Can Beam Still Call Its Brands Bourbon?
PORTLAND, Ore. (TheStreet) -- Beam
But does it still have the right to call its flagship brand, Maker's Mark and Knob Creek "bourbon?"
The $13.6 billion Suntory plunked down for Beam on Monday entitles it to all of the distiller's brands, but it in no way entitles it to call the brands it produces "bourbon." Half a century ago this May, Congress declared bourbon whiskey a "distinctive product of the United States" and, as such, laid the foundation for what distillers could rightfully call bourbon when selling it here in the U.S.
According to federal standards, bourbon made for U.S. consumption must be produced in the United States; made from a grain mix of no less than 51% corn; aged in new, charred-oak barrels; distilled to no more than 160 proof (80% alcohol by volume); entered into the barrel for aging at no more than 125 proof (62.5% alcohol by volume); and be bottled at 80 proof or more (40% alcohol by volume). Age it for two years or more and keep it free of coloring and flavoring, and you've got yourself some straight bourbon.
It's a fairly straightforward rule and it's exactly what both domestic and overseas bourbon drinkers are looking for. According to the Distilled Spirits Council trade association, whiskey made up a whopping 70% of the $1.5 billion in liquor the group estimates the U.S. exported in 2012. That's triple the nation's beer exports and $250 million more than its overseas wine shipments.
Meanwhile, the Kentucky Distillers' Association notes that bourbon accounts for 35% of all spirits produced in the U.S. Bourbon fuels $2.5 billion in sales in the U.S. and in the 126 countries where it's exported and makes up the majority of U.S. whiskey exports. Kentucky would know, as it produces 95% of the nation's bourbon at distilleries including Jim Bean's in Clermont, Maker's Mark in Loretto, Buffalo Trace in Frankfort and Four Roses in Lawrenceburg. The 4.9 million barrels of bourbon aging in that state outnumber its 4.8 million residents.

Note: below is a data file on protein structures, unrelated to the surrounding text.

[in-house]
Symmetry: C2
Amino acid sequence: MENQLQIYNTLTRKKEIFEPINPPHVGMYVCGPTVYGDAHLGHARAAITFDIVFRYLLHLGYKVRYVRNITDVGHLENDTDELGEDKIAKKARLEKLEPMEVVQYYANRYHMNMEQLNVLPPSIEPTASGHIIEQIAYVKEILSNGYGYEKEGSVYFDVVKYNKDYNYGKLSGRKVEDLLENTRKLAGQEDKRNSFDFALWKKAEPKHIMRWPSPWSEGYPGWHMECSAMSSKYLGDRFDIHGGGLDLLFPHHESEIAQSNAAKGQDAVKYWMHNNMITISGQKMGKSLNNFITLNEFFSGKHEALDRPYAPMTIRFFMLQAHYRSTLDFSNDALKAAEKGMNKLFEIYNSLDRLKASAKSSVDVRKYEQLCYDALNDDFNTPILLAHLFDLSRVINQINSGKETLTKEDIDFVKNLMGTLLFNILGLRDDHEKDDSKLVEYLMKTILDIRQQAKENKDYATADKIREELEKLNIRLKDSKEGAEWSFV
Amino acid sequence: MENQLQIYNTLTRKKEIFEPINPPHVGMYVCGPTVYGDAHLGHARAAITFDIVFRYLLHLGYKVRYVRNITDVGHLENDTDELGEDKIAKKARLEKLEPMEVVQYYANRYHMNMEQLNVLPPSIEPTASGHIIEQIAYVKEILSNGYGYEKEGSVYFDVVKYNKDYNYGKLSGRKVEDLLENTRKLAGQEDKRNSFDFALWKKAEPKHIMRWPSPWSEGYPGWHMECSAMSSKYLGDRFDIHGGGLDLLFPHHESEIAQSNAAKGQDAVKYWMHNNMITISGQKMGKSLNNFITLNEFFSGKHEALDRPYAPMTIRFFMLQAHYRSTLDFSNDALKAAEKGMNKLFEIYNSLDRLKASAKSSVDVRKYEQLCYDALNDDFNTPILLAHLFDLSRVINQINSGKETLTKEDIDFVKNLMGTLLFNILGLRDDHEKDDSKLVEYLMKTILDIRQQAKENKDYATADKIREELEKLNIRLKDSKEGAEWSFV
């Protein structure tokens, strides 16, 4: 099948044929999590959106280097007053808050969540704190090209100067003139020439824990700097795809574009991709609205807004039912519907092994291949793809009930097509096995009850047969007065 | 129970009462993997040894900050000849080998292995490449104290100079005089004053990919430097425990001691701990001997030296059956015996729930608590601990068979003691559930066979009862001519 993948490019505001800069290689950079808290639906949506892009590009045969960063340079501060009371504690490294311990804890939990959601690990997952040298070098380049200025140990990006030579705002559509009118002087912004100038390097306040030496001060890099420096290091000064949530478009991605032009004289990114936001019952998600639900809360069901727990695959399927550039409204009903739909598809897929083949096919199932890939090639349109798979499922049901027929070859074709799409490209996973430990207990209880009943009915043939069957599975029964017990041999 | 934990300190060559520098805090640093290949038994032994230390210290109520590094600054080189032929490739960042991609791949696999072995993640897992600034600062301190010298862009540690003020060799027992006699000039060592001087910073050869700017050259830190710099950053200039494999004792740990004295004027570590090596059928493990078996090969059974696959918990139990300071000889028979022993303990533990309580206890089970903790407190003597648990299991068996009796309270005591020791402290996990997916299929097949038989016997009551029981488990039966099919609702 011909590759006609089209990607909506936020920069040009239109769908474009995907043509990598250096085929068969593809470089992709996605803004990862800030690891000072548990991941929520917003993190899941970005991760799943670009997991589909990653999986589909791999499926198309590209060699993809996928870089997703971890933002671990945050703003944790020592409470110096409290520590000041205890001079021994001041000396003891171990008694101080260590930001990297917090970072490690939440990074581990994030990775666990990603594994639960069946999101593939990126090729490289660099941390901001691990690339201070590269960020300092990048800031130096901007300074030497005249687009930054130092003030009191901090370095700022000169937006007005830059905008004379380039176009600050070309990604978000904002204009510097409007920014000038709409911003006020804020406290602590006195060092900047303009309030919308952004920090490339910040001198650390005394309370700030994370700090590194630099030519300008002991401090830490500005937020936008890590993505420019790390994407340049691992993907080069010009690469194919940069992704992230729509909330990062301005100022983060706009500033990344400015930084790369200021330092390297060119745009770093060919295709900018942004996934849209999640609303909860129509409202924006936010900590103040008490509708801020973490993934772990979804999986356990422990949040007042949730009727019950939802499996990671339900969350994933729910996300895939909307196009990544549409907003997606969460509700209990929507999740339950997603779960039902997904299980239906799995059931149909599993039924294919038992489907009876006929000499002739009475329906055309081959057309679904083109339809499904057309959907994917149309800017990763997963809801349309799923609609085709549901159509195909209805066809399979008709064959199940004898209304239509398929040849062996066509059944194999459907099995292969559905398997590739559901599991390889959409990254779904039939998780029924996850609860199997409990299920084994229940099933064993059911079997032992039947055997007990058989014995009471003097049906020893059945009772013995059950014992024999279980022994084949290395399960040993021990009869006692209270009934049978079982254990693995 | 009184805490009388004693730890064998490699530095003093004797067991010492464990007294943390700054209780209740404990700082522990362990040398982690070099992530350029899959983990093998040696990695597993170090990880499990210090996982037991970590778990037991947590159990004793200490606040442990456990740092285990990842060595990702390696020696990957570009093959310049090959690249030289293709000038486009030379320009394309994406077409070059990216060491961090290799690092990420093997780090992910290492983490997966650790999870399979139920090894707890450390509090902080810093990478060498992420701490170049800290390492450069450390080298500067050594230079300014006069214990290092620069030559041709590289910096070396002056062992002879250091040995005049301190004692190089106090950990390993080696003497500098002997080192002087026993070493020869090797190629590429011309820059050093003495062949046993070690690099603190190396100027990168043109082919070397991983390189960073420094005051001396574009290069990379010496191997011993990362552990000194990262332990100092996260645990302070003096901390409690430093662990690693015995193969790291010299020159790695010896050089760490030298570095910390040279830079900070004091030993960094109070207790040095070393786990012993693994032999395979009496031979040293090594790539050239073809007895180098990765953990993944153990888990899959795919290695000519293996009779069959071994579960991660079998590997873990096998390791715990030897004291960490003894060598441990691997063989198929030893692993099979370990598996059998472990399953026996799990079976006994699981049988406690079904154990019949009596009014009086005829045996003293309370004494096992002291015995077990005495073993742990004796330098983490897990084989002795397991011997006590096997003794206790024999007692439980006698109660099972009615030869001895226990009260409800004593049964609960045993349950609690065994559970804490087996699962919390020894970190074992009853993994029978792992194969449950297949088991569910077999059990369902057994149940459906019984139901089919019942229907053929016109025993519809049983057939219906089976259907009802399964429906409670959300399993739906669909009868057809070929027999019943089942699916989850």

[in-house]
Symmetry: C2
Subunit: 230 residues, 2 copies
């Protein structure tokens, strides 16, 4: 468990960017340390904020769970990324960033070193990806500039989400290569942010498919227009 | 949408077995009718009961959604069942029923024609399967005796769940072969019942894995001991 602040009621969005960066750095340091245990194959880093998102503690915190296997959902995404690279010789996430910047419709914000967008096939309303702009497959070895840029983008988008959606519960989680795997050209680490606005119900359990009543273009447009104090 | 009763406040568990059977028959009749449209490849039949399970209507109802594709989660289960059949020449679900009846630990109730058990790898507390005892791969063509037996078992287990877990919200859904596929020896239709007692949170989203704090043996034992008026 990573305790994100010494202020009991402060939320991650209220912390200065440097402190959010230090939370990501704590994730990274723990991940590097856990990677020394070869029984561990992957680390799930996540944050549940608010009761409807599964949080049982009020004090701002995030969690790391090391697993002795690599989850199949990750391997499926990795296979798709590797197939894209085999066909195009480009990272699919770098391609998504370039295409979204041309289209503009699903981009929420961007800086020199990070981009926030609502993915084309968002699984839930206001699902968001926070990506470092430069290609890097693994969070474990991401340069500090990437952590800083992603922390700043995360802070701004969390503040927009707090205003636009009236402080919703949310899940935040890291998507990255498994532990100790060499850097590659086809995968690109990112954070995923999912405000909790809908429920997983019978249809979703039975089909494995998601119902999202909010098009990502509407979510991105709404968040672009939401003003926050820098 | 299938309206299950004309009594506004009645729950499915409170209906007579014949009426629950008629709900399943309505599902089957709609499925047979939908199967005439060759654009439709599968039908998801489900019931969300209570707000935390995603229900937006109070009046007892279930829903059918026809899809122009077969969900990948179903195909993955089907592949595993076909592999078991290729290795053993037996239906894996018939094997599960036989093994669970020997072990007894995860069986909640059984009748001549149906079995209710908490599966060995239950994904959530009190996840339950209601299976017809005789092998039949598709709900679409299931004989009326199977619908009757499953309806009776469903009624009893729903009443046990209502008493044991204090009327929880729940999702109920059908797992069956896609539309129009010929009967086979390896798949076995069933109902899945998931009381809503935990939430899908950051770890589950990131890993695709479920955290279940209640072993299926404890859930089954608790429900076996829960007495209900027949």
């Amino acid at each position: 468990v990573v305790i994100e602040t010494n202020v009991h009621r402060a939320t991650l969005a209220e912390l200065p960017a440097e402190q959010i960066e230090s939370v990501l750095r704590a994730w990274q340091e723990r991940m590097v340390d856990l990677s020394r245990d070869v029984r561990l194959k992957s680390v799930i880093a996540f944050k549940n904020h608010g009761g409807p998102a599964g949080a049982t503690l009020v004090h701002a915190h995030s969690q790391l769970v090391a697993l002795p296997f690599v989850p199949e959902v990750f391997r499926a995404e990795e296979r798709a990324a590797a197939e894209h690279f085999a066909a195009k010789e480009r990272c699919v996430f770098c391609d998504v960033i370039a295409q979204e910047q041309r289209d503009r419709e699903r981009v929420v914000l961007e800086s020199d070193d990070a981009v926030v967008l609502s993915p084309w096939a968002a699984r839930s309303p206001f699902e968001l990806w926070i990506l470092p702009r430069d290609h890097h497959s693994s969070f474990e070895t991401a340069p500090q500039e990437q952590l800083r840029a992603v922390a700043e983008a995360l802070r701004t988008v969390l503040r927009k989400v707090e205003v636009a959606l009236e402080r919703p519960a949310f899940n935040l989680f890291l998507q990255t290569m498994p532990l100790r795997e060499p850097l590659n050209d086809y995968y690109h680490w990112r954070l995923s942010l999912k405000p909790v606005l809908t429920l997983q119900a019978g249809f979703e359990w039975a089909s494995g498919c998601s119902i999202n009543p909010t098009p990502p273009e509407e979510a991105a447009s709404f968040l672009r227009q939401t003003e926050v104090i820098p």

But not all bourbon makers manage to hang on to their birthright whiskey. Consider the case of Four Roses, which exists today primarily as a small-batch brand. It was the most popular bourbon in the country during the depression and World War Ii, when it was purchased by Seagram in 1953. Seagram wasn't taken with Kentucky's straight bourbon and decided to focus on blended whiskey in th e U.S. instead. While Four Roses' trademark straight bourbon made its way around Europe and Asia, its blended whiskey reduced its brand to bottom-shelf fodder in the U.S.